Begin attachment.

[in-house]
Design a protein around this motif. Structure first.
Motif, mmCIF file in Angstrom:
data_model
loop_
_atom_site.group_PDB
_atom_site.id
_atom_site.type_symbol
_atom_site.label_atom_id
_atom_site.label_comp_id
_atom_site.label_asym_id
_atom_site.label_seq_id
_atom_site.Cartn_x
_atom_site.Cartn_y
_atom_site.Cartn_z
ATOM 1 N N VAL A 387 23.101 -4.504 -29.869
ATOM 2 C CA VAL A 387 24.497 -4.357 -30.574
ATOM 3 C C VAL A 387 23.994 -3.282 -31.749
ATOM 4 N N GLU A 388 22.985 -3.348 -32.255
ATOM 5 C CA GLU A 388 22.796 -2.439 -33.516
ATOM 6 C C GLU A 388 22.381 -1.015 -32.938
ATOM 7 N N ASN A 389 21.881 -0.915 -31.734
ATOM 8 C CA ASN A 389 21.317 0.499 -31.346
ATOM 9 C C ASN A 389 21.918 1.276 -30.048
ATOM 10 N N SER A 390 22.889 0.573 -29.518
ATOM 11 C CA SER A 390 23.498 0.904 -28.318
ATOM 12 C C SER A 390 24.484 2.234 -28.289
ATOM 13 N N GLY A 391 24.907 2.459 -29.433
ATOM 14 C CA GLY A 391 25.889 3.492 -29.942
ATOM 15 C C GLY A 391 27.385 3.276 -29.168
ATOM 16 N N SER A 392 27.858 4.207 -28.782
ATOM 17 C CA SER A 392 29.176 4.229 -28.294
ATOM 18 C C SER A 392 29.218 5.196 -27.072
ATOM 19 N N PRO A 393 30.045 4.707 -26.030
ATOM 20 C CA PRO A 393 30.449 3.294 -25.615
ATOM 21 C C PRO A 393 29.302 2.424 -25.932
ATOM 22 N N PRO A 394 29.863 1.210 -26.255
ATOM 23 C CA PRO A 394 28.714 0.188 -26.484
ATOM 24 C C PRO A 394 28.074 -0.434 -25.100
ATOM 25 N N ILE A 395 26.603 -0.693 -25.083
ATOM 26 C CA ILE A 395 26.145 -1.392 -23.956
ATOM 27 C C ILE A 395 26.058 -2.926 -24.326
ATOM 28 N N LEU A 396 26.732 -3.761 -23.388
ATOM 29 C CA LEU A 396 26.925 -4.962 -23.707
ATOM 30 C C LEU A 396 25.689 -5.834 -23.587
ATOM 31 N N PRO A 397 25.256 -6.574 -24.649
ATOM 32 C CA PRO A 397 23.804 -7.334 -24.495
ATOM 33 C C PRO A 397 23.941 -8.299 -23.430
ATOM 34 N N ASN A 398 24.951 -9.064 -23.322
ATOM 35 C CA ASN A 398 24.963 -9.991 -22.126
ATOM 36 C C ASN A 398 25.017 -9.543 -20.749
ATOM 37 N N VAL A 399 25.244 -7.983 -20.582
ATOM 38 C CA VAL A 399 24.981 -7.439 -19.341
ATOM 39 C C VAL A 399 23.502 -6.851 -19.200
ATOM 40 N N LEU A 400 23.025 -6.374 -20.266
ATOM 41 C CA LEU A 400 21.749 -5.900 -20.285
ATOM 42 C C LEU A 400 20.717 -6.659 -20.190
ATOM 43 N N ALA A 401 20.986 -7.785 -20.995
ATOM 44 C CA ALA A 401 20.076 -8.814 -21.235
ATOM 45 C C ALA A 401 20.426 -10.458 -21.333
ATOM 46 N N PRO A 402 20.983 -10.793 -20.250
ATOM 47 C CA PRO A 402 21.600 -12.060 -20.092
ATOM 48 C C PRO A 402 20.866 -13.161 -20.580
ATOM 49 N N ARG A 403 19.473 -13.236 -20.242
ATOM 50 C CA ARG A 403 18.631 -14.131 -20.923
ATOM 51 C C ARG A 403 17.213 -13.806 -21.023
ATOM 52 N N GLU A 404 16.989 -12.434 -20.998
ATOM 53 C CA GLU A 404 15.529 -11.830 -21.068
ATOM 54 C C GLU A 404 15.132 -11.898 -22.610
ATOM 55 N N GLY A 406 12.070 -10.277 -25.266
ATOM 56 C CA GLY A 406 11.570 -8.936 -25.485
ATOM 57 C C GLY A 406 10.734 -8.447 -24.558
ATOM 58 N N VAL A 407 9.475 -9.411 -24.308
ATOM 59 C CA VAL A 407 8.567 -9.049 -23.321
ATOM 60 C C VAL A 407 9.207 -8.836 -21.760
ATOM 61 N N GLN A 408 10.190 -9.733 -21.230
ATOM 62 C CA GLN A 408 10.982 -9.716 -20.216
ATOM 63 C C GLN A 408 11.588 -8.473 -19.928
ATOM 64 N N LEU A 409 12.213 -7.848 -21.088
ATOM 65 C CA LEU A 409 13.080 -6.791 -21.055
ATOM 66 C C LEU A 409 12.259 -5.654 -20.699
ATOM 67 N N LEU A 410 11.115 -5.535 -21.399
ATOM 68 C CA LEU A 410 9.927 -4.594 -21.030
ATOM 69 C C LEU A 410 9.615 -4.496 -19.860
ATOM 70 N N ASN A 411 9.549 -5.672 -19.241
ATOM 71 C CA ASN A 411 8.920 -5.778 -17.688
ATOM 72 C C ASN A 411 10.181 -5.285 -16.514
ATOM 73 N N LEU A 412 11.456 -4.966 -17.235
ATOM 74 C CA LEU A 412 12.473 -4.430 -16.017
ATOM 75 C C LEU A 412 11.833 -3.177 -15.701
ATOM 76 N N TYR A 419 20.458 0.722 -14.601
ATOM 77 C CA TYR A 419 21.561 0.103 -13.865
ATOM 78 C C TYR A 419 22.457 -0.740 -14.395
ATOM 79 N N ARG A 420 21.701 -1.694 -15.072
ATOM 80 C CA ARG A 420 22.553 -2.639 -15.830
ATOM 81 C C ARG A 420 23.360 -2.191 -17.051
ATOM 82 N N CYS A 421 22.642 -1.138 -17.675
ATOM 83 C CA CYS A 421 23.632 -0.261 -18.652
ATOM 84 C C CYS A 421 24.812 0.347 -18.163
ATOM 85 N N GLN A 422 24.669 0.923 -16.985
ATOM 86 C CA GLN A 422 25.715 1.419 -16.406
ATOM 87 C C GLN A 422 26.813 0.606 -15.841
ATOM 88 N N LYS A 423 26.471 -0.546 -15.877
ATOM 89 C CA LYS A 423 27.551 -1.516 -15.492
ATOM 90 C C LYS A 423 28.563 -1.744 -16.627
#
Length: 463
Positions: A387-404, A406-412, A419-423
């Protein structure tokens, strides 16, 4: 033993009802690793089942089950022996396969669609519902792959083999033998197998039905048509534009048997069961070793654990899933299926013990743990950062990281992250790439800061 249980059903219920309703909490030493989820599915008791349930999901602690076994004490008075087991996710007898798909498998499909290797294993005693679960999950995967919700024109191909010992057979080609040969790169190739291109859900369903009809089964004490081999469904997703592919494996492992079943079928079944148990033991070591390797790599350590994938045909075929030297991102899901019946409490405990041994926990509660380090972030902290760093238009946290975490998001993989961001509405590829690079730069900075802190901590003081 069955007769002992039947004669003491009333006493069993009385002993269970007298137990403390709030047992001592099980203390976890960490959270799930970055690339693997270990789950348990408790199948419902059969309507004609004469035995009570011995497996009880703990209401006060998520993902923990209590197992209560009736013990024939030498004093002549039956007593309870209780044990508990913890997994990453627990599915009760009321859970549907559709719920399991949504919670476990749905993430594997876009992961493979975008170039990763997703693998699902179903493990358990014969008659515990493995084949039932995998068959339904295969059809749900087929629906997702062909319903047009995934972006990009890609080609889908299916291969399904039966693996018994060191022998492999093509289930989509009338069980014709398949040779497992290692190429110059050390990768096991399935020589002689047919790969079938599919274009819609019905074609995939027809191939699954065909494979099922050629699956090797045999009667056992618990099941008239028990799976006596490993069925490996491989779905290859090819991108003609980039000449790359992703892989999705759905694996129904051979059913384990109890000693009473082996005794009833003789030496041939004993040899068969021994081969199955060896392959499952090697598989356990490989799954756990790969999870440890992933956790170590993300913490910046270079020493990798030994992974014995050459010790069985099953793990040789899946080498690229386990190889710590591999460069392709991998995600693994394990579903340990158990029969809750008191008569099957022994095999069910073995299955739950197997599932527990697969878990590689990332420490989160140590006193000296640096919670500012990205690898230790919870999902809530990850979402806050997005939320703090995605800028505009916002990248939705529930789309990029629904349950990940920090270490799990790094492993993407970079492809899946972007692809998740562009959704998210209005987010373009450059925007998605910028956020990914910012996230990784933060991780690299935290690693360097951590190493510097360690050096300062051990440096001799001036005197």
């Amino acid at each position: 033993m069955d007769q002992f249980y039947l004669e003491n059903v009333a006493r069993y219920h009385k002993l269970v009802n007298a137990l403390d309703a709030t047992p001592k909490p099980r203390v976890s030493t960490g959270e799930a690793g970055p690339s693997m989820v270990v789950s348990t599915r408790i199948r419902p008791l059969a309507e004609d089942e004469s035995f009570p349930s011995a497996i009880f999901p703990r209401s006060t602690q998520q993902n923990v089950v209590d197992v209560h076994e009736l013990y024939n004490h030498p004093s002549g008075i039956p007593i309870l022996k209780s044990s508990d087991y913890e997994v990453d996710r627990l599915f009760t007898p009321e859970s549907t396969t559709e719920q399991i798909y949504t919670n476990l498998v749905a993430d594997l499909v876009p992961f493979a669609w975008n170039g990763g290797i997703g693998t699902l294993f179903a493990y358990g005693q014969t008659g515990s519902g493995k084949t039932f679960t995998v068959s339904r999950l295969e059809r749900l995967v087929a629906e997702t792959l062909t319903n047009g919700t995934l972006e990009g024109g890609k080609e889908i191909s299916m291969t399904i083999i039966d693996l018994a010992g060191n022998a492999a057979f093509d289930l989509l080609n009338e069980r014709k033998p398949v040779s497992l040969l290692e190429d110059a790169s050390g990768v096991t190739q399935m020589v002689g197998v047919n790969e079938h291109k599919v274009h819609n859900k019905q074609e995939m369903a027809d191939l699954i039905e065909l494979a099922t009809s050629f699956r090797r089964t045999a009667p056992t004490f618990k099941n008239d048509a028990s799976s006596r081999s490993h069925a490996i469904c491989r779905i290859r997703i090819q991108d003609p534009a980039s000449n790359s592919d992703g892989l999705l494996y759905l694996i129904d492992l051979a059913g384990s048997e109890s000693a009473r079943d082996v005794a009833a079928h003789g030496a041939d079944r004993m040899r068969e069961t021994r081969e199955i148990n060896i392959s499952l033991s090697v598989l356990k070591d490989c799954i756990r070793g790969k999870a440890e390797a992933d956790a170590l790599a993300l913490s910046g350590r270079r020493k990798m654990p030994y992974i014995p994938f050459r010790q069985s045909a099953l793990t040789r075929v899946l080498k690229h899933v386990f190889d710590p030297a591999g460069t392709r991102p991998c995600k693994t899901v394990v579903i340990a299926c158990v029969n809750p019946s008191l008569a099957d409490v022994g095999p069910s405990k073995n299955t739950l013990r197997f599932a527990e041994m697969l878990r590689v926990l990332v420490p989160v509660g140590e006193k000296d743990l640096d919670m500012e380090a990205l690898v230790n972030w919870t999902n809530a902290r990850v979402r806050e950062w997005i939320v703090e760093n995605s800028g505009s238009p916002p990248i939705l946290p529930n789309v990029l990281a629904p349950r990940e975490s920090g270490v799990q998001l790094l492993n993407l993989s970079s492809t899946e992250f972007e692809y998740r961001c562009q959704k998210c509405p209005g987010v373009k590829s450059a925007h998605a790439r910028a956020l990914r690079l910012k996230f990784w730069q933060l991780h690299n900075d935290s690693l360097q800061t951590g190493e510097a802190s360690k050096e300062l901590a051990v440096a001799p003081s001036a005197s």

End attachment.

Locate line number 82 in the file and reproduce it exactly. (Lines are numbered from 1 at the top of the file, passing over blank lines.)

ATOM 67 N N LEU A 410 11.115 -5.535 -21.399